Holidays at The Jefferson Package
Join us at The Jefferson for another joyful holiday season filled with festivities and fun!
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Packages at The Jefferson
Savor Richmond Package
Experience for yourself what the buzz is all about and join us for a night, or two or three.
Did You Know?
The Jefferson Hotel was supposed to open on November 1, 1895, but at the last minute it was realized that November 1 was a Friday, and it was considered bad luck to start anything on a Friday. So the hotel was opened on Halloween instead.
From the time the hotel opened until 1937, rooms were just $1.50 per night. A room with a private bath was $1 more per night.
The Thanksgiving Day Dinner at the hotel in 1949 cost $2.50.
When Elvis stayed at the hotel in 1956, he brought his own television and the hotel manager was shocked that Elvis ate his bacon with his fingers.
In the mid 1950s, the hotel had a pink limousine to drive guests throughout the city.
The Jefferson has been in several movies including My Dinner with Andre (1981), First Kid (1996), HBO's Ironed Jawed Angels (2004), The American President (1995) and the recently discovered Rock and Roll Hotel (early 1980's).
Alligators once resided in marble pools in the Palm Court Lobby. Richmonders would vacation in Florida and bring the baby alligators home as pets. As they outgrew sinks and bathtubs, residents would bring them to live at The Jefferson. Tour the hotel’s public area and see how many alligators you can find today!
Thirteen US Presidents, including Harrison, McKinley, Wilson, Coolidge, Taft, both Roosevelts (Theodore and Franklin Delano), Truman and Reagan, both Bushes (George H. W. and George W.), Clinton and Obama have been guests at The Jefferson Hotel.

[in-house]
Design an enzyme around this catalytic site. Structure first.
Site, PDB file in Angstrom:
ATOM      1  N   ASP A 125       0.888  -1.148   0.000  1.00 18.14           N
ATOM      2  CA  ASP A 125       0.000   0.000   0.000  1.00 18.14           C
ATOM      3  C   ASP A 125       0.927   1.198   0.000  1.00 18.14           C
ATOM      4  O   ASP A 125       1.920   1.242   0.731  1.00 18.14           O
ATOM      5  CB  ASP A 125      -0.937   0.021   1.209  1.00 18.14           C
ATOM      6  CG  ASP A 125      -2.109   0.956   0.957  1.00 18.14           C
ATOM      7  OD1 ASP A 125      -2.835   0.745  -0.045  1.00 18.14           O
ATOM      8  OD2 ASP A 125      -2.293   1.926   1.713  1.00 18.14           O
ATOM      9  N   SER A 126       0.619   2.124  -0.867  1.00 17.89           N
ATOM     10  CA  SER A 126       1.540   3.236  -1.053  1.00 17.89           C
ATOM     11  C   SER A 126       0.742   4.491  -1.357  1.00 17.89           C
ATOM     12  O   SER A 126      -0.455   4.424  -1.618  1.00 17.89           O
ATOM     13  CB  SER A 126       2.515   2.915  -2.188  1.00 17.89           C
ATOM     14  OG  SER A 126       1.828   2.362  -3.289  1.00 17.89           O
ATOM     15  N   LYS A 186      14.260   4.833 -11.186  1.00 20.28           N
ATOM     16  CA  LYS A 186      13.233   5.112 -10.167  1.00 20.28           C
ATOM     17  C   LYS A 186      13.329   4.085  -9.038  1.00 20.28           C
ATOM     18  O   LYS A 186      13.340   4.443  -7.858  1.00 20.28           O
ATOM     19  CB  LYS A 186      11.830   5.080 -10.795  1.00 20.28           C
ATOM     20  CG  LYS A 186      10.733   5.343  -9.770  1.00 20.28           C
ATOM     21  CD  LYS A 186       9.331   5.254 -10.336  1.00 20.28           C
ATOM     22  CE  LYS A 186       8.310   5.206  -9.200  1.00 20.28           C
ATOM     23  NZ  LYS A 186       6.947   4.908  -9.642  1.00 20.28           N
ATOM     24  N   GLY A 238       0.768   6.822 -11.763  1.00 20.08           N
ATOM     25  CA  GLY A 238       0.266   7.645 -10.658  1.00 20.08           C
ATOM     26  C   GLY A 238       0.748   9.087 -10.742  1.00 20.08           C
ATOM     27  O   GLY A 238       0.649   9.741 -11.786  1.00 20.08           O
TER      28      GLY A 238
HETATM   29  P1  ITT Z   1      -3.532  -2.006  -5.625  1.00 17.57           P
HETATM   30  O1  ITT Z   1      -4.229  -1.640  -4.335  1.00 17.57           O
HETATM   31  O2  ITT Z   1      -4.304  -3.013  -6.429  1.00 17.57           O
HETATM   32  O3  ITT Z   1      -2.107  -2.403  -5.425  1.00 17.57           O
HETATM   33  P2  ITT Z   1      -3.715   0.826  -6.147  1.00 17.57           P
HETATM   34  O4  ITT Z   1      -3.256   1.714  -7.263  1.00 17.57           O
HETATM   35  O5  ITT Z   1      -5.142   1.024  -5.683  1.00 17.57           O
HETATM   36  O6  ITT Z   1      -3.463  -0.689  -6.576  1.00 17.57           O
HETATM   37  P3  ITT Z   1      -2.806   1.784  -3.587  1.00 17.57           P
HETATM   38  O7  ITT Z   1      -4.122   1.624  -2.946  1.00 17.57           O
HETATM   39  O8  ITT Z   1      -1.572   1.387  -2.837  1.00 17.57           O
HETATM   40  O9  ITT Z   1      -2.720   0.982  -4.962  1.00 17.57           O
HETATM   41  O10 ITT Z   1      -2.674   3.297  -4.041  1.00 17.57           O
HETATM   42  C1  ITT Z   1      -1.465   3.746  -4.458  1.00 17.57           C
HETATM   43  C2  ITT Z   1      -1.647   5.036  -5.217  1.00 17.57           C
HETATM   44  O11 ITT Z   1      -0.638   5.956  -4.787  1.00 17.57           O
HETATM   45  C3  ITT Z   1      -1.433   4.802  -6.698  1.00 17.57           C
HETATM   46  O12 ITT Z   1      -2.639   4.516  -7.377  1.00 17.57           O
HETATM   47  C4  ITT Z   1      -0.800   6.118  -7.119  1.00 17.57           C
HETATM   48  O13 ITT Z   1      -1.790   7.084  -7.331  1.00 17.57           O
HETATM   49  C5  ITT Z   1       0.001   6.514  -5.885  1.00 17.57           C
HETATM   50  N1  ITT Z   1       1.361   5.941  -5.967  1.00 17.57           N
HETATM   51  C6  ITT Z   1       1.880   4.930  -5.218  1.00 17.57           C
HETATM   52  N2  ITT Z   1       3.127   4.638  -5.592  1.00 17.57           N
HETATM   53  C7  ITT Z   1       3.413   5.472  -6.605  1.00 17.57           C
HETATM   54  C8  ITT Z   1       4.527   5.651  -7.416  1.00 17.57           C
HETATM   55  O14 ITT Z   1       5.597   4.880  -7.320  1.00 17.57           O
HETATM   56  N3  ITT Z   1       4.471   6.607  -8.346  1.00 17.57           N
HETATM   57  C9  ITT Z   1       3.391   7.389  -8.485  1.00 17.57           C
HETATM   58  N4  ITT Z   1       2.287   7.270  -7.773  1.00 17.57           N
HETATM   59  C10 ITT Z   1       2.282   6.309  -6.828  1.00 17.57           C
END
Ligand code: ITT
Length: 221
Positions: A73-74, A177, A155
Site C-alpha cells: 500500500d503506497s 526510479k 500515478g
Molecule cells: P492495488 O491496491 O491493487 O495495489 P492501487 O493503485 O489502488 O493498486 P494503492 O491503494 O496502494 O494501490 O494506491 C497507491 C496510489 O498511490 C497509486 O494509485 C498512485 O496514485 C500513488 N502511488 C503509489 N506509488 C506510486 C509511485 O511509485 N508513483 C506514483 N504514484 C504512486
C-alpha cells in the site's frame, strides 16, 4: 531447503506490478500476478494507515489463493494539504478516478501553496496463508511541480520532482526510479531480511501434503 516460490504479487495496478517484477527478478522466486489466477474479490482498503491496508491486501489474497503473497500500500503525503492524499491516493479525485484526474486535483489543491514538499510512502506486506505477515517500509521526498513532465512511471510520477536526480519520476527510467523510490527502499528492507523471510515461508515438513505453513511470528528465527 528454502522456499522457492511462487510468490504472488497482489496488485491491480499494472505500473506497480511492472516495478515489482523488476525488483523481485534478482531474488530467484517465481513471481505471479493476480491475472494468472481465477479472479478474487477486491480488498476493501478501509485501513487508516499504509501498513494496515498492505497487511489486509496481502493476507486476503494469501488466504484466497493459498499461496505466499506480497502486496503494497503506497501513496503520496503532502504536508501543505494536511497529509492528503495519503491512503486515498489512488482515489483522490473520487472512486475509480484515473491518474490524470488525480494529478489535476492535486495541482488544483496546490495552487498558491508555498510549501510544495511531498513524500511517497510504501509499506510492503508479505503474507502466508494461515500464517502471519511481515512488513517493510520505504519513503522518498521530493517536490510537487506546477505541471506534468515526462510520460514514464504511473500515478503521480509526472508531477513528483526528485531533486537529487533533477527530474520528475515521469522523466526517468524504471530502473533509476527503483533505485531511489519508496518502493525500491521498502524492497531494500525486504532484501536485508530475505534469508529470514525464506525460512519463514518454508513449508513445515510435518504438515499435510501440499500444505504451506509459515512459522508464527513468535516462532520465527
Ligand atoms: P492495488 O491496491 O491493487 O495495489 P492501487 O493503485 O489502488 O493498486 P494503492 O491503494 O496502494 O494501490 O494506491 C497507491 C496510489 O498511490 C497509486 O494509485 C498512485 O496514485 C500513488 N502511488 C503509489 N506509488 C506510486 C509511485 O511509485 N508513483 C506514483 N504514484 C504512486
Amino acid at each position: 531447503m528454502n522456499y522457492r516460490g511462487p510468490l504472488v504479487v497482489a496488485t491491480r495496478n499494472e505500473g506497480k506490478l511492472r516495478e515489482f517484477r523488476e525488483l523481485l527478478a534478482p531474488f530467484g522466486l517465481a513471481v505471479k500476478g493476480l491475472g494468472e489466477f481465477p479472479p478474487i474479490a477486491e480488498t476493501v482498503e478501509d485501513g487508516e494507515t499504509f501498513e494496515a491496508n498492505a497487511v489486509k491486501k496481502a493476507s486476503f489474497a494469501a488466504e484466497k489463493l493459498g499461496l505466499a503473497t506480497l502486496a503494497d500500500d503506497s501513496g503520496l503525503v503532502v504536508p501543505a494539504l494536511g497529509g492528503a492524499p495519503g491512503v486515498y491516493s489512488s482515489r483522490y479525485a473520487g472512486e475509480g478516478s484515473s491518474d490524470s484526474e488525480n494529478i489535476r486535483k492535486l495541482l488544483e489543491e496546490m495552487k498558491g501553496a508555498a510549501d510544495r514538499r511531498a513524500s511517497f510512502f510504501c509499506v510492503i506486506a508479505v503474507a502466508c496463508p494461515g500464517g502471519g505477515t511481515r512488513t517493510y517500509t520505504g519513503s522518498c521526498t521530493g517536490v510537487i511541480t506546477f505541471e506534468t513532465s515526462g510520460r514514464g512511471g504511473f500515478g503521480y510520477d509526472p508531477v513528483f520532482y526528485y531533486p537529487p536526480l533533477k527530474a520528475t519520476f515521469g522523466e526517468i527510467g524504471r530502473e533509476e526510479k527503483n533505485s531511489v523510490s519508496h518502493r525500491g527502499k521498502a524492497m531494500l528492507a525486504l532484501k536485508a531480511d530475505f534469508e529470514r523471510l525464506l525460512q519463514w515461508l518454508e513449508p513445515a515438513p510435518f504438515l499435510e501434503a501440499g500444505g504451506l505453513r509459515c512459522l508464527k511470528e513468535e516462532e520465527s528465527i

Legend says that Bill "Bojangles" Robinson was discovered by his life-long agent while dancing across the dining room at The Jefferson Hotel.
Frank Sinatra once entertained guests in Lemaire at The Jefferson Hotel with an impromptu performance after enjoying his dinner.
Artifacts from over a century of the hotel’s history are housed in a museum at the bottom of The Grand Staircase, including a photo of Elvis at the hotel's old lunch counter.
The priceless statue of Thomas Jefferson that stands watch over the Palm Court lobby has only left his post on one occasion. In the 1902 hotel fire, he was rescued from the building only to have his head bumped on the cobblestones. He took a brief vacation to Edward Valentine’s art studio where his head was reattached.
The Grand Staircase at The Jefferson Hotel has long been rumored to be the staircase featured in the iconic film, Gone with the Wind.
The Jefferson Hotel is often cited as one of the finest examples of Beaux Arts architecture still in existence today.
Step Closer to Gone With the Wind
The Jefferson Hotel’s grand staircase has been rumored to be the model for the famed staircase in Gone With the Wind. Richmonders still encourage the rumor since the likeness between the two staircases is, quite frankly, hauntingly similar.
Gators in the Fountain